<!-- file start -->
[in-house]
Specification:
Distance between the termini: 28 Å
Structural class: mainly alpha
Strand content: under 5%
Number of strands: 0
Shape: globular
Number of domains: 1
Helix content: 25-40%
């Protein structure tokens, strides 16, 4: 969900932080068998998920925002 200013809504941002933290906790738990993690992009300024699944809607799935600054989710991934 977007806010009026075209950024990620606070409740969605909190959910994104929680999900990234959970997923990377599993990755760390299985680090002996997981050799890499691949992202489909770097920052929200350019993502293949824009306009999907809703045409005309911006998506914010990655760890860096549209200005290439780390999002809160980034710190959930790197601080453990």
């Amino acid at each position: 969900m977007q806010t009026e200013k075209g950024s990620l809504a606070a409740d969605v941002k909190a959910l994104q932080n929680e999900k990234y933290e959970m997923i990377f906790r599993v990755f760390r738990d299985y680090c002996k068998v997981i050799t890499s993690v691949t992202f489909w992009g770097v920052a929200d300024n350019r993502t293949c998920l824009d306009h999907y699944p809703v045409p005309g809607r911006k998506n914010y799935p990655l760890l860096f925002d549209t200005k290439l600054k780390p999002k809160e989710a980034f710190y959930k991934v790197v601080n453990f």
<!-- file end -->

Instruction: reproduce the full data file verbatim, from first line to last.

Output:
[in-house]
Specification:
Distance between the termini: 28 Å
Structural class: mainly alpha
Strand content: under 5%
Number of strands: 0
Shape: globular
Number of domains: 1
Helix content: 25-40%
């Protein structure tokens, strides 16, 4: 969900932080068998998920925002 200013809504941002933290906790738990993690992009300024699944809607799935600054989710991934 977007806010009026075209950024990620606070409740969605909190959910994104929680999900990234959970997923990377599993990755760390299985680090002996997981050799890499691949992202489909770097920052929200350019993502293949824009306009999907809703045409005309911006998506914010990655760890860096549209200005290439780390999002809160980034710190959930790197601080453990």
């Amino acid at each position: 969900m977007q806010t009026e200013k075209g950024s990620l809504a606070a409740d969605v941002k909190a959910l994104q932080n929680e999900k990234y933290e959970m997923i990377f906790r599993v990755f760390r738990d299985y680090c002996k068998v997981i050799t890499s993690v691949t992202f489909w992009g770097v920052a929200d300024n350019r993502t293949c998920l824009d306009h999907y699944p809703v045409p005309g809607r911006k998506n914010y799935p990655l760890l860096f925002d549209t200005k290439l600054k780390p999002k809160e989710a980034f710190y959930k991934v790197v601080n453990f």